The main problem with the so-called ‘satanism’ of Howard Stanton Levey is that, philosophically, it offers no unique ontology, no unique epistemology, and no unique theory of ethics, and thus is not a philosophy, per se, but rather a personal world-view cobbled together from various sources, as many personal world-views are.
For example, the so-called “nine satanic sins” in Levey’s ‘Satanic Bible’ – regarded by many admirers of Levey as encapsulating his ‘satanic philosophy’ – are nothing original, echoing as they do social Darwinism, Nietzsche, Ayn Rand, and the thoughts of others, including the pseudonymous Ragnar Redbeard, with a popular (mis)understanding of Epicurus mixed in.
Similarly, the chapter entitled The Book of Lucifer in Levey’s ‘Satanic Bible’ – admired by many admirers of Levey and often quoted from – offers nothing original in terms of ontology, epistemology, and ethics, but is instead a rather rambling discourse – strewn with ‘populist pragmatism’, populist materialism, populist sociology, and popular and self-help psychology – about what Levey considered was wrong with society, wrong with Christianity, and what his type of ‘satanism’ is supposed to mean. Even when he mentions “a balancing factor” in life it is just a vague statement. For his over-riding unoriginal sentiment regarding his world-view was that “if it works, don’t knock it.”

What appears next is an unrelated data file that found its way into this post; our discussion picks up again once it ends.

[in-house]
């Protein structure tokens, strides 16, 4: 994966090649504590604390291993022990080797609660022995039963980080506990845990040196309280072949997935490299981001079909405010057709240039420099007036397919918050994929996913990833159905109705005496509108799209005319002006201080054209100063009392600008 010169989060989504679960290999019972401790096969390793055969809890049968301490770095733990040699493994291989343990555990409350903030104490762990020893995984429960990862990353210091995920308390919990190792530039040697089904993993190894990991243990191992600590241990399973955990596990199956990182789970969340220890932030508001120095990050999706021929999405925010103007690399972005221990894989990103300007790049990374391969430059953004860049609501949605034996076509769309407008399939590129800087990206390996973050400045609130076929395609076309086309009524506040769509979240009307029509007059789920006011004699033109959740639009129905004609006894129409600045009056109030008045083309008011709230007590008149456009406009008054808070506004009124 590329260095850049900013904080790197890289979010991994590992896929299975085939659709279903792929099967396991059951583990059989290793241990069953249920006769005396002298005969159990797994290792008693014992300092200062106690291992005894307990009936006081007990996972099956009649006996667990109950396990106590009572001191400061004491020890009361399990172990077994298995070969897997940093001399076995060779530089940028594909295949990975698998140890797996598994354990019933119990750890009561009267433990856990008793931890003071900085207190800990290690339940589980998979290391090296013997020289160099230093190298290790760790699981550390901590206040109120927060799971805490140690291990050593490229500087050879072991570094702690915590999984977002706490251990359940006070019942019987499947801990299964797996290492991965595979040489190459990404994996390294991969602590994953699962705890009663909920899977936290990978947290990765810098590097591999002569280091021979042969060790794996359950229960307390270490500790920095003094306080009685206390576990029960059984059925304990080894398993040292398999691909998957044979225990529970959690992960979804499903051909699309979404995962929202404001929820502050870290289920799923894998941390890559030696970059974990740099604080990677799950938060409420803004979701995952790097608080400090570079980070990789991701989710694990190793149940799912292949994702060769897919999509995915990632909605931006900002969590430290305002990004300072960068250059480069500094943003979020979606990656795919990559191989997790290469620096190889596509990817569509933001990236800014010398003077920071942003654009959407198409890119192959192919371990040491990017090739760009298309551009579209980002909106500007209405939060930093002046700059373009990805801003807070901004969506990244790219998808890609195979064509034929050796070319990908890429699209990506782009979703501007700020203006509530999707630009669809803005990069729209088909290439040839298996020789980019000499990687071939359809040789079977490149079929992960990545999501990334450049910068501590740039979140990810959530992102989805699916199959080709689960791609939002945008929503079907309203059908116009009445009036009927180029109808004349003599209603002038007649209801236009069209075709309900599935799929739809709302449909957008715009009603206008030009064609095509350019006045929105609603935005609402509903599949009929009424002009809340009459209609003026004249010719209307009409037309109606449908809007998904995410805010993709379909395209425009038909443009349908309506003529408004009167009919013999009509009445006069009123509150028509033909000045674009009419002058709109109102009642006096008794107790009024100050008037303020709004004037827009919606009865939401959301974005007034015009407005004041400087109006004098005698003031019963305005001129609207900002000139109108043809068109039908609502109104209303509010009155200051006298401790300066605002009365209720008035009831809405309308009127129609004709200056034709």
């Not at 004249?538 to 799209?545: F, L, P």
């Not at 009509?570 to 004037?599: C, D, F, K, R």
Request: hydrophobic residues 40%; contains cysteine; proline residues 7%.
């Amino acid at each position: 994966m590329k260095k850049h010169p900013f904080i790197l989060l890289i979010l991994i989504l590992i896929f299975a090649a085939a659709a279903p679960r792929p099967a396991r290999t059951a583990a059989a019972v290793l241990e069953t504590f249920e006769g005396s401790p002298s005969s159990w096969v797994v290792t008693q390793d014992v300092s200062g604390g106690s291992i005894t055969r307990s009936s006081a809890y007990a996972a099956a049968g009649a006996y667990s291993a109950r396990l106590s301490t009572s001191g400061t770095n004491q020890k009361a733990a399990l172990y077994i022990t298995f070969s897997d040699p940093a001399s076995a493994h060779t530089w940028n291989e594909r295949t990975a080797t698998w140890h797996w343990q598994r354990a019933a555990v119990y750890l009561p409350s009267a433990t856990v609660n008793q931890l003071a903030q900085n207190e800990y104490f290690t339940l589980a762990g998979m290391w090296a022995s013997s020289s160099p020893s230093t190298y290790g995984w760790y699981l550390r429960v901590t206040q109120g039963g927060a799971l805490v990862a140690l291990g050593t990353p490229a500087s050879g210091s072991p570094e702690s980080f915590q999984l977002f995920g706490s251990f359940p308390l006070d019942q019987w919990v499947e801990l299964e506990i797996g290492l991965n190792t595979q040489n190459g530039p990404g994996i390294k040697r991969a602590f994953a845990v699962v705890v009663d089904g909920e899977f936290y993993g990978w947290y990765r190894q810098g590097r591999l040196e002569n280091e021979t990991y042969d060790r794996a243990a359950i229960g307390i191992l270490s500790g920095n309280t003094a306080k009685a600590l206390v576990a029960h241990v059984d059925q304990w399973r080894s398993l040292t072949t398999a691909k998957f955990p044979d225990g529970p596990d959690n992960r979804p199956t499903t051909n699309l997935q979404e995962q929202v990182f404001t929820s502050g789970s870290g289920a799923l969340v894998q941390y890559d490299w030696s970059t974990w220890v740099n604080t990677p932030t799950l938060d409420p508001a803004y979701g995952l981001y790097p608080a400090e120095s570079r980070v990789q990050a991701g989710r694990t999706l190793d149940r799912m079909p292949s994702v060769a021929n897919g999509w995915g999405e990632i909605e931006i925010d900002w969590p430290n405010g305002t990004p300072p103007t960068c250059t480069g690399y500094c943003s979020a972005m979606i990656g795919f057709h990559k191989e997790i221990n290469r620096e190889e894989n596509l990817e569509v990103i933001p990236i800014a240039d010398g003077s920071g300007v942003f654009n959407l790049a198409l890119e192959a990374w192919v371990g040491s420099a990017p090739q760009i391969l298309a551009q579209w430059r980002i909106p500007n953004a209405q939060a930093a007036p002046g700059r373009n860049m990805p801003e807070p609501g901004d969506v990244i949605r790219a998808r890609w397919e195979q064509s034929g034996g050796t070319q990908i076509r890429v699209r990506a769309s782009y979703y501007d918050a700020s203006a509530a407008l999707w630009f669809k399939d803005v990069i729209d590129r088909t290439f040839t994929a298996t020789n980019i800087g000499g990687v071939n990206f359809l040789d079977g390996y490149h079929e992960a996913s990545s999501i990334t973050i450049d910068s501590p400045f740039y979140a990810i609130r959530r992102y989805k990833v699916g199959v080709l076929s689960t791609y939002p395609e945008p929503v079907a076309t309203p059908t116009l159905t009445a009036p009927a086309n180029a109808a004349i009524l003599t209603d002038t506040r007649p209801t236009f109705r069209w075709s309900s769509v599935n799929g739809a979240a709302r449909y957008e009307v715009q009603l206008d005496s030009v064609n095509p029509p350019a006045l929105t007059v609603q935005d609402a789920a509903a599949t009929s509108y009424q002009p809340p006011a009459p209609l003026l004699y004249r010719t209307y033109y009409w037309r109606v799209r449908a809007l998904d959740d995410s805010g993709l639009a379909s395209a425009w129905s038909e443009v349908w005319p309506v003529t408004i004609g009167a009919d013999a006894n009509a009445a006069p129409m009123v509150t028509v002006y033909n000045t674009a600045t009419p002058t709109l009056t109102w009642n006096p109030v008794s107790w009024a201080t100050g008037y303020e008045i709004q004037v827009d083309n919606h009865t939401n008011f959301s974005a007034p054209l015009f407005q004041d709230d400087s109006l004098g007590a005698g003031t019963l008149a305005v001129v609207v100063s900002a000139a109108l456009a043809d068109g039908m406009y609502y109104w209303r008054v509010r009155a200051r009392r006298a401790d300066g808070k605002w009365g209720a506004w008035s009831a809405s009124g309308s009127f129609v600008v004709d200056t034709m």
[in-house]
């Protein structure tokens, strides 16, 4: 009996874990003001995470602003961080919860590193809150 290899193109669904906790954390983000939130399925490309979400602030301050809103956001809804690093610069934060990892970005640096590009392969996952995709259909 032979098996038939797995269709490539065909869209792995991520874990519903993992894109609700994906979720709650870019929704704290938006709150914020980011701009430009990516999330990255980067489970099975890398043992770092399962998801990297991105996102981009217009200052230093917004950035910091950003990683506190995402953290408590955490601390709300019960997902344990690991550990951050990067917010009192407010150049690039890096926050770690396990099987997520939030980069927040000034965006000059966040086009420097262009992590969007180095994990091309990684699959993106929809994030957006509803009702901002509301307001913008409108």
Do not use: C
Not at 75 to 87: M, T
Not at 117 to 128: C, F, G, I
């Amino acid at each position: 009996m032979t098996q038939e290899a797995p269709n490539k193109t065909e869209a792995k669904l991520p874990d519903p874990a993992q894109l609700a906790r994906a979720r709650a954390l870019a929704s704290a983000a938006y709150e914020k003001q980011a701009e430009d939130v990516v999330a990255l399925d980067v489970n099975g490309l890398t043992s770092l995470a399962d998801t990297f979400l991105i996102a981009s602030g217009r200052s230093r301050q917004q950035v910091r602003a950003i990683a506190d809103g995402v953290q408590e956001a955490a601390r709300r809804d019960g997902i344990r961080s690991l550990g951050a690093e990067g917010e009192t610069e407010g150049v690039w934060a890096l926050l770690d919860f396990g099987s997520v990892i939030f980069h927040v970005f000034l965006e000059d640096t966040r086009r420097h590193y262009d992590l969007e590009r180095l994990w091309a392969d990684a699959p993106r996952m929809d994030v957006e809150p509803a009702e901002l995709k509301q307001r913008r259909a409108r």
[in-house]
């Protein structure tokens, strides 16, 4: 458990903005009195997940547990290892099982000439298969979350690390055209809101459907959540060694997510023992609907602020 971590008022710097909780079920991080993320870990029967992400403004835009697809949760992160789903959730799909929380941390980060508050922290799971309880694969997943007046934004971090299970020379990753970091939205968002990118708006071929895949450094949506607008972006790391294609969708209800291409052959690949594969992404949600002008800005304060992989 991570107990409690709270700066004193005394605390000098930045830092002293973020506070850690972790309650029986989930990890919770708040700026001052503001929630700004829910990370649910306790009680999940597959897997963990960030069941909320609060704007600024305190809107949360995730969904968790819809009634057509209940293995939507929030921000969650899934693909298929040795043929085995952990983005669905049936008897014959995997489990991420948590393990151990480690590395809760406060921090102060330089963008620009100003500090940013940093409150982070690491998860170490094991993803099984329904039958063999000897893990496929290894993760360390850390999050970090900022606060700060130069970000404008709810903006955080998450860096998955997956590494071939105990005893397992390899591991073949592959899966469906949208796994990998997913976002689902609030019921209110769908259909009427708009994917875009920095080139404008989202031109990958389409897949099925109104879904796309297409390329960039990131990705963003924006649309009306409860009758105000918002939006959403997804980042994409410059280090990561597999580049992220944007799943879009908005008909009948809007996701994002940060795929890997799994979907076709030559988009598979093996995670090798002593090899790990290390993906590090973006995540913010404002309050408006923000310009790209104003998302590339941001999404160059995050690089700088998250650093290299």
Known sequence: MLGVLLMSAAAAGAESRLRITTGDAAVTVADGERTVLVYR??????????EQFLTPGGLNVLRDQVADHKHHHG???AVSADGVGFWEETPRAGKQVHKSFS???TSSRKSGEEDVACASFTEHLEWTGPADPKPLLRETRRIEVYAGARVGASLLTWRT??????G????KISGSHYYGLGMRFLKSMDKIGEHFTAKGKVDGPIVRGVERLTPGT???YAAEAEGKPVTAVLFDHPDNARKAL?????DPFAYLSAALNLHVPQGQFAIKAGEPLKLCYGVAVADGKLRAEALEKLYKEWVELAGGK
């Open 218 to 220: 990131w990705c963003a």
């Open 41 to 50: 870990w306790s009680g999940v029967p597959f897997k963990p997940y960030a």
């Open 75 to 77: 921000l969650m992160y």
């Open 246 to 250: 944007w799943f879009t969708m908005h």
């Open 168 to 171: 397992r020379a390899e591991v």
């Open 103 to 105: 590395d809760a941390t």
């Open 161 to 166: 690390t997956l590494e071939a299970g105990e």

In essence, what Levey wrote in his ‘Satanic Bible’ – and his other writings – is what many capitalists, bankers, self-made men, egoists, businessmen, criminals, and others, believe about themselves, believe about other people, and believe about the world. Levey simply applied the label ‘satanism’ to the world-view of such people and saw his materialistic (non-evil) version of ‘satan’ as the prime symbol of such a world-view.
Furthermore, for Levey ‘satan’ is a symbol of ‘free thought’, of ‘rational self-interest’, of ‘rational individualism’, of self-consciousness, and of man as ‘just another animal’. Which points to a fundamental flaw in his ‘satanist’ world-view: for if man is ‘just another animal’, and should – carnally and in other ways- indulge himself, what value does being ‘rational’ – as in finding rational alternatives and as in being a rational individualist – have? Which is where his vague (but yet again unoriginal) idea of “a balancing factor” in life comes in.
In summary, those who follow or who are inspired by the ‘satanism’ of Howard Stanton Levey are – in all ways but one – no different in personality from the millions of other people in the modern societies of the western world who are ‘self-made men’ or who are capitalists, bankers, egoists, businessmen, criminals, or other such types imbued with the ethos of materialism and self-interest. The only real difference is that those millions of others usually know who and what they are while self-described modern satanists labor under the delusion that by calling themselves ‘satanists’ they really are different: ‘natural outsiders’, rebels, transgressives, or part of some “alien elite”.